September 23, 2022
Contact: Natalie Shelton
County health departments offer new COVID-19 bivalent boosters and flu shots
CDC recommends getting flu vaccine no later than Halloween
Updated COVID-19 booster vaccines are now available at health departments in District 4 Public Health, and residents also can receive a flu shot when they get the new booster.
District 4 health departments are located in Butts, Carroll, Coweta, Fayette, Heard, Henry, Lamar, Meriwether, Pike, Spalding, Troup, and Upson counties.
The bivalent booster, or “omicron booster,” has replaced the original booster formulas for individuals 12 years of age and older. It targets two versions of the coronavirus: the original strain, and the omicron subvariants BA.4 and BA.5 that are currently circulating. The previous booster shot targeted only the original version of the virus.
The BA.5 omicron subvariant currently accounts for about 80 percent of COVID-19 infections in Georgia, with the BA.4 subvariant responsible for about 8 percent.
“It doesn’t matter how many boosters you’ve had so far, whether it’s none, one, or two,” said Amy Fenn, District 4’s Director of Nursing. “As long as you’ve had your primary COVID vaccines and are at least 12 years old, you can get the new bivalent booster if it’s been at least two months after your primary vaccines or last booster.”
Individuals may get the booster, manufactured by both Pfizer and Moderna, regardless of which primary series vaccine or original booster they previously received.
People 18 years of age and older can get either a Pfizer or Moderna bivalent booster dose, regardless of which vaccine they’ve previously received. Individuals ages 12-17 can only get the Pfizer bivalent booster dose.
Children under 12 years old should continue with primary COVID-19 vaccinations and original boosters. The original monovalent Pfizer booster is the only one recommended for children ages 5-11 and should be given at least five months after completing their original primary vaccine series.
Children ages 6 months to 5 years are not eligible for a booster, but it is recommended they receive the three-dose Pfizer primary series or two-dose Moderna primary series.
Preparing for flu season
The CDC recommends a flu shot for those 6 months of age and older and says the best time to get the vaccine is between now and mid-October—and by Halloween at the very latest.
It takes about two weeks to build immunity after vaccination, so that gives individuals maximum protection by Halloween and for indoor gatherings with family and friends during the holidays. If it’s been at least two months since a person’s last COVID-19 primary vaccine or booster, getting the new bivalent booster at the same time as the flu shot is a convenient way to prepare for what could be a severe season for the flu and respiratory illnesses in general, health experts say.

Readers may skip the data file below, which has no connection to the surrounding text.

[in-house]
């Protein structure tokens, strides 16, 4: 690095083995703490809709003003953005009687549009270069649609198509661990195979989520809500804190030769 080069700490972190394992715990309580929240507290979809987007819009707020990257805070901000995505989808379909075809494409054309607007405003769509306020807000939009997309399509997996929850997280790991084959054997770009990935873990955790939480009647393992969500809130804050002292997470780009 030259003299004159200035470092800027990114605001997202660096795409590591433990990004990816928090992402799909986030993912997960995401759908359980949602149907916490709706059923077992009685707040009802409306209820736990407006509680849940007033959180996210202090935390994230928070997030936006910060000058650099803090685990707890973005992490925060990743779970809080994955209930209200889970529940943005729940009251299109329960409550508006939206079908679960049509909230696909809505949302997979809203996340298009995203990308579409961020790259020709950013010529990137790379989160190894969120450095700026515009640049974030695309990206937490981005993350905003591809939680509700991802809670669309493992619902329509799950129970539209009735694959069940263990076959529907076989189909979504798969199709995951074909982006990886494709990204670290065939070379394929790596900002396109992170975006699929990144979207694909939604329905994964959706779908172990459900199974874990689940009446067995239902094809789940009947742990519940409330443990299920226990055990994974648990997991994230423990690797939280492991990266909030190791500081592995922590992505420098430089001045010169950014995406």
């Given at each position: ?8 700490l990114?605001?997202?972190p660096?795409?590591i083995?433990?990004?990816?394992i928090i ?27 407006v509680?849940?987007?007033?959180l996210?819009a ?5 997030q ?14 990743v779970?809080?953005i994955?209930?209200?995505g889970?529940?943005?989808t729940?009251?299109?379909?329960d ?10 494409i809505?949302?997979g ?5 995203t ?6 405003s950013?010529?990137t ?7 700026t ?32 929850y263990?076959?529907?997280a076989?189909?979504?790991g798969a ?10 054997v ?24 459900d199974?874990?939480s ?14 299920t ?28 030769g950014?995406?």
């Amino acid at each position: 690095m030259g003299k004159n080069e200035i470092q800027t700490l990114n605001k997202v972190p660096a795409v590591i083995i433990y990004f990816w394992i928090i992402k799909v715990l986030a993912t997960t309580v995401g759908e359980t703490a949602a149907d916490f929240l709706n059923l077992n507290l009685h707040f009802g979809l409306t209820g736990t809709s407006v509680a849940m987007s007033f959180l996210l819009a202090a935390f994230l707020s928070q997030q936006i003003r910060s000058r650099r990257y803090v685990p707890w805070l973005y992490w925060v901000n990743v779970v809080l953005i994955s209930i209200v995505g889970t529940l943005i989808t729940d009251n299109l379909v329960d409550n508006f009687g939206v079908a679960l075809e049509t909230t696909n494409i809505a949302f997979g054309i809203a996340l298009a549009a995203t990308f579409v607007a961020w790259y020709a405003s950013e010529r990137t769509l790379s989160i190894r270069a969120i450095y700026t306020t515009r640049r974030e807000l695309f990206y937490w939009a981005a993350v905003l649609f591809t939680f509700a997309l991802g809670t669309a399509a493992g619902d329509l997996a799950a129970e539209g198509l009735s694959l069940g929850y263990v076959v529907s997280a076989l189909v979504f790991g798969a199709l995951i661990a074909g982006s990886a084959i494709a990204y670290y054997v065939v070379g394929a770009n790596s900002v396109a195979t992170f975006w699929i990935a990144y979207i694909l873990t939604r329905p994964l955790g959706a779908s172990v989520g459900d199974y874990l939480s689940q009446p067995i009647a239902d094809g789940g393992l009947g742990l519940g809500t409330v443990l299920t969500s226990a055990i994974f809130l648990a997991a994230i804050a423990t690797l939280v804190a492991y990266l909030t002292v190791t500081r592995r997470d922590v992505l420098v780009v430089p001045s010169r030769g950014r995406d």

People may have less natural immunity this season because not as many were infected with influenza in 2020 and 2021 due to precautions taken to prevent COVID-19. In addition, the flu virus may be better equipped to circulate as life is now returning to fewer masks and more social interaction, especially in schools. The more individuals who get flu shots earlier, the less the virus will be able to spread.
Getting vaccines at the health department
District 4’s health departments offer COVID-19 vaccines and boosters with no out-of-pocket costs to individuals. If a patient has insurance, the health department may bill the company for administrative costs related to the vaccine.
The flu vaccine is covered by several health insurance plans such as Medicare, Medicaid, Aetna, Anthem BlueCross BlueShield, United Healthcare, and others. Individuals will need to bring a Medicare or insurance card, if applicable.
For those without insurance, paying out-of-pocket, the cost for anyone ages 6 months to 18 years is $21.93, $30 for the regular flu vaccine for those 19 and older, and $65 for the high-dose flu vaccine for ages 65 and older.
Please call (800) 847-4262 to schedule an appointment to receive one or both vaccines. Though appointments are preferred, health departments accept walk-ins for COVID-19 vaccines only. Some locations may be able to administer the flu shot at the same time for walk-ins.